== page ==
This might get weird

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Photo by sarandy westfall on Unsplash

Dear Housemate,

We’ve lived together for just over six years and there are some things I’ve been meaning to talk to you about. I have a hard time with difficult conversations and you know I’ve been in therapy, so she suggested I write you a letter.

First, I want you to know that I value our friendship. Please understand that I bring these things up so that we can address them, fix them, and hopefully move forward. Or one of us will be moving out.

I’m learning about setting boundaries.

To start, let’s talk about privacy. One of the more intrusive habits you have is joining me in the bathroom. I keep the door closed for privacy. Just because it doesn’t latch sometimes, is not an invitation for you to come on in and have a chat. I don’t feel comfortable peeing in front of others like you do. …

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Photo by @rw.studios on Unsplash

For all that is dumped on my plate as a mom, I think peppering my day with a guilty pleasure or two balances out life’s flavor.

My indulgences began small. Just little escapes and silly secrets.

When I stayed at home with our first-born, I craved Beverly Hills, 90210 reruns. Call it borderline addiction. Kelly, Brenda and Dylan in their love triangle kept me from having dinner ready. I’d time my housework around the two daily showings, clicking the TV off if my husband came home earlier than expected.

My mother’s “new mom” advice would trill in my head, “Mar, make sure you’re showered, have dinner on the table for your husband and have the kids and house clean.” But those 90210 episodes reconnected me to my youth, something I was sorely missing as a frazzled new mom. …

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Photo by Logan Fisher on Unsplash

What do you do when your pen won’t move because it no longer feels the pulse of your heart? Your heart has been thrumming along on automatic for much too long.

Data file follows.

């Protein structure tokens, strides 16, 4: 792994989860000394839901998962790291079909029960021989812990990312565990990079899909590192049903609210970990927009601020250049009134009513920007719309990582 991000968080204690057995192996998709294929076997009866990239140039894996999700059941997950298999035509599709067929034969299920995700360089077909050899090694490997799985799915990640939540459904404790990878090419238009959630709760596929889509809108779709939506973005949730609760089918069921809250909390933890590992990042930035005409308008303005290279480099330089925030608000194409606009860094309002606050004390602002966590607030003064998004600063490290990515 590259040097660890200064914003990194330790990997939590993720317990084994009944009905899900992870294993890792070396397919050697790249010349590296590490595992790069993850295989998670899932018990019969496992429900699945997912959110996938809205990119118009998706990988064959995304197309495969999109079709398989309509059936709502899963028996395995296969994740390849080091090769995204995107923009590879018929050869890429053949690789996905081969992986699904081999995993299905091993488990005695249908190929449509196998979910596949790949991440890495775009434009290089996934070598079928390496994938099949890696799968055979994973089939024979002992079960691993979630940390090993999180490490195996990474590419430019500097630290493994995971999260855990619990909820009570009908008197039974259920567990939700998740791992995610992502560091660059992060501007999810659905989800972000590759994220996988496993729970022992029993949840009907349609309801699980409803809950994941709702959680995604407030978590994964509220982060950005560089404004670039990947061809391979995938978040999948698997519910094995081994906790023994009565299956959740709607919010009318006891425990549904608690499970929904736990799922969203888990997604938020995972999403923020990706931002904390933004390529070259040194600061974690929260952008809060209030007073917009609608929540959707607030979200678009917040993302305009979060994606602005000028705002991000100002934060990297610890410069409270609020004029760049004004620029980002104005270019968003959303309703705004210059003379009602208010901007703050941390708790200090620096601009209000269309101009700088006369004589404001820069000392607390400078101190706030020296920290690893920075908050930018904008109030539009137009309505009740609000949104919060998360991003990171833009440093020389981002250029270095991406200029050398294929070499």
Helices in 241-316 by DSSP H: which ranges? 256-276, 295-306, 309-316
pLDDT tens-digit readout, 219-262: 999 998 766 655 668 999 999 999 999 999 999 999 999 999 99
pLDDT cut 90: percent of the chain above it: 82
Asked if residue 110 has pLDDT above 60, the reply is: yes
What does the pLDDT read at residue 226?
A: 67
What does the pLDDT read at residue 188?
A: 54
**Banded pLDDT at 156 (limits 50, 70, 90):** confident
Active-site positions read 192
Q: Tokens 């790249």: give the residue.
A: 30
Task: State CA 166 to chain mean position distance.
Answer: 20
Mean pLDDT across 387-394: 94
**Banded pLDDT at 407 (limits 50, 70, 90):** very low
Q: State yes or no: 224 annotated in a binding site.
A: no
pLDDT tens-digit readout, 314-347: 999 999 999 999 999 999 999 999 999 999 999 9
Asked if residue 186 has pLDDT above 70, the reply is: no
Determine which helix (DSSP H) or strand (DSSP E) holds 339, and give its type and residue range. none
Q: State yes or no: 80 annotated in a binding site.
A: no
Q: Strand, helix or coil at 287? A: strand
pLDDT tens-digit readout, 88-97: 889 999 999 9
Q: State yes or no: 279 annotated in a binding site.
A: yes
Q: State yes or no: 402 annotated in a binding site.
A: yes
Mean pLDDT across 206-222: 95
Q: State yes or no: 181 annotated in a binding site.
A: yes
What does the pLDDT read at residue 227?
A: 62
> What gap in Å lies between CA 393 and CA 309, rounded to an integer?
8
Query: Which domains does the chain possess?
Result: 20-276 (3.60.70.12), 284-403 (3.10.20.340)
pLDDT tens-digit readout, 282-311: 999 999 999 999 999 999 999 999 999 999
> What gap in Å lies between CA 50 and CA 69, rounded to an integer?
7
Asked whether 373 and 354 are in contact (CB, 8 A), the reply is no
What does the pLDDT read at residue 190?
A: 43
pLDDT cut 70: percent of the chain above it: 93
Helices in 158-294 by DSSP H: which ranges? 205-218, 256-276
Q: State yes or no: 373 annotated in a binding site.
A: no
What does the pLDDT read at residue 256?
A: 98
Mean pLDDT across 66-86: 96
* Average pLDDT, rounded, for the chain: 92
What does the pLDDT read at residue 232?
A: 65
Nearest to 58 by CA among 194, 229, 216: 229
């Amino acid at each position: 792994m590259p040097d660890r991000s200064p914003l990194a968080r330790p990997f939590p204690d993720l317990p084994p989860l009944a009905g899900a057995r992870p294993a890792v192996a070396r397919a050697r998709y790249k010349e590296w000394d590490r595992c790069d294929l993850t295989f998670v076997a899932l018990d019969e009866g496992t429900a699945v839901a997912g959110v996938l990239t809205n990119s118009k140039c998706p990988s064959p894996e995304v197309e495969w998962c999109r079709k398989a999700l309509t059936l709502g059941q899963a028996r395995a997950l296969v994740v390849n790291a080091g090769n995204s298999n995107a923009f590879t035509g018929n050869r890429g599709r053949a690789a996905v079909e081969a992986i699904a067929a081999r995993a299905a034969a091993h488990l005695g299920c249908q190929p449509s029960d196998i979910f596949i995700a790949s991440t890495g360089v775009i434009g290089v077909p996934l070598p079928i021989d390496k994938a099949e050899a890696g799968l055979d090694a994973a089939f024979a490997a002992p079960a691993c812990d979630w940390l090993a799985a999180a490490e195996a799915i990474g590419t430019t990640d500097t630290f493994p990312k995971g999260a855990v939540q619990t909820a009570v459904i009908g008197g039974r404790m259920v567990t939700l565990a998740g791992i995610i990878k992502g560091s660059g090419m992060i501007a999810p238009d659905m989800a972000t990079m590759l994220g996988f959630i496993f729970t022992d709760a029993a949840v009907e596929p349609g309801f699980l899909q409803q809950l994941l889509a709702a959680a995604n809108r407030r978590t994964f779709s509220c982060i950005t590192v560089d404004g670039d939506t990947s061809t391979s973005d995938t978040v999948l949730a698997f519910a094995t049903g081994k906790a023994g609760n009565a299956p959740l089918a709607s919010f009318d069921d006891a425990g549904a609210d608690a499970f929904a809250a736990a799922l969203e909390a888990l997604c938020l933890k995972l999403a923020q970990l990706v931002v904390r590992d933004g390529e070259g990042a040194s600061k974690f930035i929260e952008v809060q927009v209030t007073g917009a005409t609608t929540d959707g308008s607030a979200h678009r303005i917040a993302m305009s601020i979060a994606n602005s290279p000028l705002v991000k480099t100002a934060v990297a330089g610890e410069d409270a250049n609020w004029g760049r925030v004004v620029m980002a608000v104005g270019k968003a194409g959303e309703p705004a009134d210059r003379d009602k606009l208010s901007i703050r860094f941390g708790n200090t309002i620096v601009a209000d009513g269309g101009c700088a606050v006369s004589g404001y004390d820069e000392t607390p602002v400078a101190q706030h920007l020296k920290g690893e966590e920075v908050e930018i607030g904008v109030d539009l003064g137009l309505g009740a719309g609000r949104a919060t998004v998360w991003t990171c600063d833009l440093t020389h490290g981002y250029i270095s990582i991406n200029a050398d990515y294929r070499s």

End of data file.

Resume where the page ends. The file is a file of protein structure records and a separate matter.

I am underground.

Buried beneath clumps of hardened memories,

the dry dust of recent funerals,

a feeble promise of new jobs pouring down like rain.

I’ll tell you, this post began as a battle of doubts within me.

My writing well has dried up.

Parched. Dusty.

Maybe a few pebbles of ideas, but nothing worth picking, shining and setting in a turquoise bowl on display.

I could ramble on about all that is on my plate, but you already know. …

Nature Journaling with your kids

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“An empty white bridge over a waterfall tumbling down from a rocky face” by Blake Richard Verdoorn on Unsplash

Journaling for me began as a “Dear Diary” notebook to pour my secrets in.

Ray is so cute! Michele is the worst friend ever! Stupid freckles and frizzy hair. No wonder I never get asked to slow skate. (Remember roller skating parties?)

Then my love of lyrical words and images slipped in and my personal turmoil and tirades bloomed into a deeper understanding of self.

My superficial opinions about boys became a reflection on relationships and shoe shopping lists turned into a prioritizing of my life goals.

They say a Mother just knows. And we do.

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Photo by Alvaro Reyes on Unsplash

That summer didn’t start out the way we had planned with BBQ’s, pool dips and day trips to hike, bike or fish.

My oldest son was ill.

He didn’t look sick.

He didn’t feel sick.

But a mother just knows.

Now, I’m not a hypochondriac, far from it.

However, his constant thirst, trips to the bathroom throughout the night, and outrageous mood swings had me suspicious.

But during our trip to the lake over Memorial Day weekend, I noticed that David had lost some weight. He’s a slim boy already, like his dad. …